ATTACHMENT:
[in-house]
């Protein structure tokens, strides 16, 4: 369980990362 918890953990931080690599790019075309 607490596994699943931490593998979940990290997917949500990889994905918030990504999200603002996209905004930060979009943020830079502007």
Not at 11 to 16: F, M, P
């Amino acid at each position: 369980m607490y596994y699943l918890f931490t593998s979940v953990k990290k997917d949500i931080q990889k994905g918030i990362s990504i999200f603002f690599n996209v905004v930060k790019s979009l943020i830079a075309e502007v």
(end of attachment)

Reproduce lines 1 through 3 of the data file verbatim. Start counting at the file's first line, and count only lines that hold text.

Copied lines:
[in-house]
């Protein structure tokens, strides 16, 4: 369980990362 918890953990931080690599790019075309 607490596994699943931490593998979940990290997917949500990889994905918030990504999200603002996209905004930060979009943020830079502007």
Not at 11 to 16: F, M, P